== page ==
Words without action are meaningless. We should practice what we preach and be good examples.

Poverty, inequality (are issues that hinder young Filipinos.) We should not lose hope and persevere. Study hard, improve on our talents and share them.

I appreciate what I have, I save, I develop my talents and skills and give back to the community. In as much as I can, I try to be the best person/citizen that I can be.  

Christian Benitez - Writer and teacher

Now is a critical time not only for Philippine literature, but for Philippine history itself. I intimate the one with the other, for one can only talk about the written word simultaneously with the lived world.

Many instances need to be articulated in the most nuanced manner that perhaps only the poem can lend it a shape. In this sense, temperance for the Filipino writer has never been more crucial as to produce a literature that is critical and committed. Such temperance, however, as the poem by the late Edgar Maranan suggests, can be possibly understood only in relation to one’s capacity for intensity, as to be moved and to actually move.

Andrea Beldua - Photographer

My hope for the country is actually simple: to find its heart again as a Filipino people — a heart rooted in respect for the inalienable human dignity and human rights. I hope that we as the youth and future leaders and servants of this country will learn to retain its memory and recognize the very core of what made the Filipino worth dying for. We cannot conjure a bright future if we still live in the lies of the past. I hope that our generation discerns with the compassion of its heart and the conscientiousness of its mind.

It is no secret that this industry always undervalued its lifeblood — its creatives. I hope that moving forward, we become more proactive in keeping ourselves in check and liable to what we owe to the people that make things happen.

Sarah Elago - Youngest member of the 17th Congress and activist

It is imperative that we follow through on Filipino youth aspirations — from upholding national sovereignty and territorial integrity, to improving the wage and living conditions of workers, and promoting all possible means of livelihood, to stopping corruption and expanding social services, especially in education, health, housing and transportation, to fighting for gender equality, the right to self-determination of national minorities, to calling for wise utilization of natural resources and protection of the environment.

As inheritors of the future, our decisions and actions now chart our welfare and that of the next generation. Not only should we struggle against imperialist, anti-people policies, we must also solidly commit to fight the system that breeds dictators, tyrants, plunderers!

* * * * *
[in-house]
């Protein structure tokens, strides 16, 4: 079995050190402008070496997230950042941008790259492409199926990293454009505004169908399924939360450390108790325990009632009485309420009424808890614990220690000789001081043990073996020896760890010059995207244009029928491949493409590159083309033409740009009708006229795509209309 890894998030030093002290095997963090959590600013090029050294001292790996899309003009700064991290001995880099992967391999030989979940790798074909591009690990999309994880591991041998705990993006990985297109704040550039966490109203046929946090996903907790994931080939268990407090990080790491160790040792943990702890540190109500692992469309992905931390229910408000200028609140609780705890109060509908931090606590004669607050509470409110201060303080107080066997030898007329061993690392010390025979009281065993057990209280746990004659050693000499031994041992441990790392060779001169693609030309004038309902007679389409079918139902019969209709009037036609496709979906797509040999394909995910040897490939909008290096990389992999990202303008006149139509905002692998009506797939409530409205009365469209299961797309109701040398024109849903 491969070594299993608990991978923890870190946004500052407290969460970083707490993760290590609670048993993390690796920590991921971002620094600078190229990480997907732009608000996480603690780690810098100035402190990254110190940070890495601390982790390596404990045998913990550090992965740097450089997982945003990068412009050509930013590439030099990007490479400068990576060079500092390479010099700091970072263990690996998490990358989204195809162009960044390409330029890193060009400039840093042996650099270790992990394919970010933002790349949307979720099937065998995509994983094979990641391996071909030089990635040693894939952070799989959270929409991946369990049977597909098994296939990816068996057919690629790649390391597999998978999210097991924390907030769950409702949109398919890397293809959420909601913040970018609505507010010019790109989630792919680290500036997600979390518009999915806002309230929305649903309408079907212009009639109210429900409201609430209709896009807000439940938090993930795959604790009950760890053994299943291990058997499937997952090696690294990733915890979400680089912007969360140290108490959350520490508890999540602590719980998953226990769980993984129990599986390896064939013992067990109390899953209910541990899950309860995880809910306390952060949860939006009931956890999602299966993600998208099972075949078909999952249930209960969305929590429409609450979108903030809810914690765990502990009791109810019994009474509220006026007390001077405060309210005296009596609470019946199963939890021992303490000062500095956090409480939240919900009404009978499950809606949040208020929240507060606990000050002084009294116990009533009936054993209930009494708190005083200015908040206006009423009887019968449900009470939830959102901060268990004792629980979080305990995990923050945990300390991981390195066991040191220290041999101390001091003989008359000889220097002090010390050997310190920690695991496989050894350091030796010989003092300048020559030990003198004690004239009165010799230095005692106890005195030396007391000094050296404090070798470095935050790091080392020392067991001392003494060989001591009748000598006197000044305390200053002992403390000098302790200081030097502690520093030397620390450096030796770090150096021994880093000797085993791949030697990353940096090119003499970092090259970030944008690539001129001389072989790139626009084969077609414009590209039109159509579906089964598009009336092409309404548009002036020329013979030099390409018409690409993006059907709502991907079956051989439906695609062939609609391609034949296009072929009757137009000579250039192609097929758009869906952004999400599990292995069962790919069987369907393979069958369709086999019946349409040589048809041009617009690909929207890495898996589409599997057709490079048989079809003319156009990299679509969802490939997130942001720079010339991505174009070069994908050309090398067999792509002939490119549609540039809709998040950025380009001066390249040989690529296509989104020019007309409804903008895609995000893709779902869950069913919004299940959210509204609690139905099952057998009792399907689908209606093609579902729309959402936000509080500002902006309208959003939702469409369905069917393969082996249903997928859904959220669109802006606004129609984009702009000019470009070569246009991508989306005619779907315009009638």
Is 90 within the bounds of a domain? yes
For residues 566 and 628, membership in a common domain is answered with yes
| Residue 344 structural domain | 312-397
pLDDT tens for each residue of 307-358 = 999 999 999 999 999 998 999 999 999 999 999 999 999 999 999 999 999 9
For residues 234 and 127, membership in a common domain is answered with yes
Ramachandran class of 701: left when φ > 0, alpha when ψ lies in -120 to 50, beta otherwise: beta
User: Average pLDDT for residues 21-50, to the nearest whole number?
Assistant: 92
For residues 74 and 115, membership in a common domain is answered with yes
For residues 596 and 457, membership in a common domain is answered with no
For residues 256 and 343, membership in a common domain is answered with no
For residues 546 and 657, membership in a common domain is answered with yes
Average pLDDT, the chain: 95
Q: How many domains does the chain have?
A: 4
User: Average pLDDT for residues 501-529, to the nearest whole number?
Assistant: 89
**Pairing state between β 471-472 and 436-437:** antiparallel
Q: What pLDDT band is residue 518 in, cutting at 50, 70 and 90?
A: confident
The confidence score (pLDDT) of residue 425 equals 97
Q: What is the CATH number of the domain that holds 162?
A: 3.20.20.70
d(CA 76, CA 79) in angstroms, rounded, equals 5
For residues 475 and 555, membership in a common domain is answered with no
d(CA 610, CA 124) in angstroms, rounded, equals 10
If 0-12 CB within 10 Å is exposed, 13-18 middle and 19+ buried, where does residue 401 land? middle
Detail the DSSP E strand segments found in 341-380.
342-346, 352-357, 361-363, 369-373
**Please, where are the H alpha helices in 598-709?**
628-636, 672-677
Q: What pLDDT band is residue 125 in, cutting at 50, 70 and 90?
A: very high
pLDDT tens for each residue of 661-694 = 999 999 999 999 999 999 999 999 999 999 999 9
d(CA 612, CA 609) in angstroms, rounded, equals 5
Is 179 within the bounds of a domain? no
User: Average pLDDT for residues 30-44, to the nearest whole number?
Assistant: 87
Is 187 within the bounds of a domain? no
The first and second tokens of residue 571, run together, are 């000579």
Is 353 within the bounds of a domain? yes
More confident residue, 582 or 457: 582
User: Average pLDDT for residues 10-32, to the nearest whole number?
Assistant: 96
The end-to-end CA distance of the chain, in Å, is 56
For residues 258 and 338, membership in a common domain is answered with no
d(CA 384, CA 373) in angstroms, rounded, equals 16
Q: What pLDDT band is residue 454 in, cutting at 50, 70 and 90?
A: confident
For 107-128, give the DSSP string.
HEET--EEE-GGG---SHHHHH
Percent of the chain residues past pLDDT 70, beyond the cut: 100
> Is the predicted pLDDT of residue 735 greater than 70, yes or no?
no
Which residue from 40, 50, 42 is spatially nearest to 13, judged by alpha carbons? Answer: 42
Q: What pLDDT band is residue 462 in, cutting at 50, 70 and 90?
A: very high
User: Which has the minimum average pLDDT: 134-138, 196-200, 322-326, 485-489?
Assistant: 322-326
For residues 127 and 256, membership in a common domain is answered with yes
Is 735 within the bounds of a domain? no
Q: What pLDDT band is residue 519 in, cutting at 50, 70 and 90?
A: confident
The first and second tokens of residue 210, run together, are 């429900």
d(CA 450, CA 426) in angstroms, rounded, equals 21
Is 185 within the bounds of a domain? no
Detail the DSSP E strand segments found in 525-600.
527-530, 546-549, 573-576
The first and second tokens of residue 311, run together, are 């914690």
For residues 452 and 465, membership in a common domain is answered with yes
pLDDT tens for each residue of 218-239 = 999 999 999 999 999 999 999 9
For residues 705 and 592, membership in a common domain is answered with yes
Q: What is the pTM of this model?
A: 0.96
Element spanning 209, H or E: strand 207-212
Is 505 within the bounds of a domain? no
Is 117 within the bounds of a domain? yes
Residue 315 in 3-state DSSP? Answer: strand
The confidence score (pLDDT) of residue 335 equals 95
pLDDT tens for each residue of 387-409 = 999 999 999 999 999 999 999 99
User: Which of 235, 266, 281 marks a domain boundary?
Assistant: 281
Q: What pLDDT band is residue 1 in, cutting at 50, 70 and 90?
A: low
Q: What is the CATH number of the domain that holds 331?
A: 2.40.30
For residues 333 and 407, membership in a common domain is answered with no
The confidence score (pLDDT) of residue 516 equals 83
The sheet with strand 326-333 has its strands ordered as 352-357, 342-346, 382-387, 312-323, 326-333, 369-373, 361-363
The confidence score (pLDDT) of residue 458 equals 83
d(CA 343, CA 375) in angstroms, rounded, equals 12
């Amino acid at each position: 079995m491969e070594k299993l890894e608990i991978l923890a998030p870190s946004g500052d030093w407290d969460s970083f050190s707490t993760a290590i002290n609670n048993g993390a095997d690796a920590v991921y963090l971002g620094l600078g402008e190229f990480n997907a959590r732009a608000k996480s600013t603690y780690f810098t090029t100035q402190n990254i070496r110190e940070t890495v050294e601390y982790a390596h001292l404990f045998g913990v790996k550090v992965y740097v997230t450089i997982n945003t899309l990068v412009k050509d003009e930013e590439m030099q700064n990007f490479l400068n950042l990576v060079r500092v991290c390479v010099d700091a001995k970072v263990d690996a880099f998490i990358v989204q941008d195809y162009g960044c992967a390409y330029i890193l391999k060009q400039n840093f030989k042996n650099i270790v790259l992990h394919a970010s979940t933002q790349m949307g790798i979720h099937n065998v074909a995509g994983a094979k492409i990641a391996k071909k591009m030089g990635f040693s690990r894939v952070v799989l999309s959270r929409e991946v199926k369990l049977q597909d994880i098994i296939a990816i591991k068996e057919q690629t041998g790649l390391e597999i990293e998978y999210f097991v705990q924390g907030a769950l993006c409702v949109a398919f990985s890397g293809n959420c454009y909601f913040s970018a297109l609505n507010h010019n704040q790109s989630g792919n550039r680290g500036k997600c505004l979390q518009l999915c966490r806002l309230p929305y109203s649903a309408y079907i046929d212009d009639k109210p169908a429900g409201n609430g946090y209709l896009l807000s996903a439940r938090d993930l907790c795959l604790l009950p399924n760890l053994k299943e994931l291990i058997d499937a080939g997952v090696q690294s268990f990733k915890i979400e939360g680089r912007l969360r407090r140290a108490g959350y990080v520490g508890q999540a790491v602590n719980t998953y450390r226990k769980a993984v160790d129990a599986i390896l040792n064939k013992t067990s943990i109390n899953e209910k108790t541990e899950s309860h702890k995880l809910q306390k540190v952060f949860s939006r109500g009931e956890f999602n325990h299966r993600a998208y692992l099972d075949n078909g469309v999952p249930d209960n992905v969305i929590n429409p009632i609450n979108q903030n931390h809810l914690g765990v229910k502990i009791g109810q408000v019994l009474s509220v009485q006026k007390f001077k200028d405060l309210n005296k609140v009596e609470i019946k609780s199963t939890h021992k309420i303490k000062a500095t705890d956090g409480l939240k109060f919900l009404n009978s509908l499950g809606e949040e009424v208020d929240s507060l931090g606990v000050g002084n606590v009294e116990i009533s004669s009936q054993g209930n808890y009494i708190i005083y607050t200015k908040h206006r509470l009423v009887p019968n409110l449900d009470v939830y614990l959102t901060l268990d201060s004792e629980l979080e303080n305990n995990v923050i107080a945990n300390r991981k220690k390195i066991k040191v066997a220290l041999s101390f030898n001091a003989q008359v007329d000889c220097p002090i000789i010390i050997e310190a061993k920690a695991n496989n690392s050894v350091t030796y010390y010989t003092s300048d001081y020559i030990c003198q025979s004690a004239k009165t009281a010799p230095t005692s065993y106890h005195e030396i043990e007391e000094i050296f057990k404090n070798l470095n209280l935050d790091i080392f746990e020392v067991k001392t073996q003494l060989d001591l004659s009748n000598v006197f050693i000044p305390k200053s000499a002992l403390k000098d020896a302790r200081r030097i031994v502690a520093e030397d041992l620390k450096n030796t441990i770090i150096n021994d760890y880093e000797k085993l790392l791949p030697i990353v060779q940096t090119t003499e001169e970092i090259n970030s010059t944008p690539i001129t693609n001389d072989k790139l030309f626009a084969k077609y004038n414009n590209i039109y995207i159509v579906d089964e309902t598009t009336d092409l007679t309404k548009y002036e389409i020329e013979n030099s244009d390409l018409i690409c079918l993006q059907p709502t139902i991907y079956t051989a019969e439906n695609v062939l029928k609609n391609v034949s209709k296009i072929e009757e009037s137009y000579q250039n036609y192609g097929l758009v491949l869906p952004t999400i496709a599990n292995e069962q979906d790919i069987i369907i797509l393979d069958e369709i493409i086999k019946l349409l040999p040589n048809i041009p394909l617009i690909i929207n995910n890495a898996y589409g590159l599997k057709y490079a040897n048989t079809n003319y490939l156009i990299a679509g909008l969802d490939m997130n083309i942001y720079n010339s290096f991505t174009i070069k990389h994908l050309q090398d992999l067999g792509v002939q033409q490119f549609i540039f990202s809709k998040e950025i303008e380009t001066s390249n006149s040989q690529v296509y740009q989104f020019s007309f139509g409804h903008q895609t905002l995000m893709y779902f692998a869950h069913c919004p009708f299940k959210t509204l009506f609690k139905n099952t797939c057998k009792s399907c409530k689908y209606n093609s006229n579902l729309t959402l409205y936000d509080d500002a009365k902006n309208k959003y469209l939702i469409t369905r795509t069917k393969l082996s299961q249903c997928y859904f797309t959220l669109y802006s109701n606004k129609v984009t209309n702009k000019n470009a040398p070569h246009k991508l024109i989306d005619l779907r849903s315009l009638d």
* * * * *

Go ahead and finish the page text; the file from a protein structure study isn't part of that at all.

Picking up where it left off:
Vani Vergara - Director of Reef Check Philippines

I find that the youth of the Philippines are inspired. We are compassionate and we are not afraid to take a stand. We are not afraid of change, we are actually empowered to make a change for progress.

We are currently at a unique point in time where drastic changes can happen in our oceans and I believe that our generation can be the catalysts of change . We are not going to lose the coral reefs and wildlife in 100 years, we are losing them right now, in fact we have already lost 50% of the world’s reefs in the past 30 years. But I am happy to learn that even if this is literally our last chance, we are not yet too late. There is a strong determination within the youth of today to do everything we can to not let that happen.

Cru Camara - Photographer

There are many different roles an artist can play in society, but I think the most important roles has is to explore, challenge, and question whatever is around them.  

I hope the Filipino youth keep a strong sense of discernment, especially with the current political and social landscape. I use my art to pay homage to the place I come from and the people there.

Vida Cruz - Writer

I love illuminating what’s possible with the impossible. I want my stories to give back a sense of hope to those who read them, as much of the science fiction and fantasy that I’ve read has given me.

A nation’s literature forms the map of its fears, hopes, and dreams. From there, others take those dreams and make them a reality. It’s happened in our history, with Jose Rizal’s novels inspiring the creation of the Katipunan. Sometimes all someone needs is a good story to quietly nudge them toward new ways of thinking, feeling, and behaving.

JL Javier - Photographer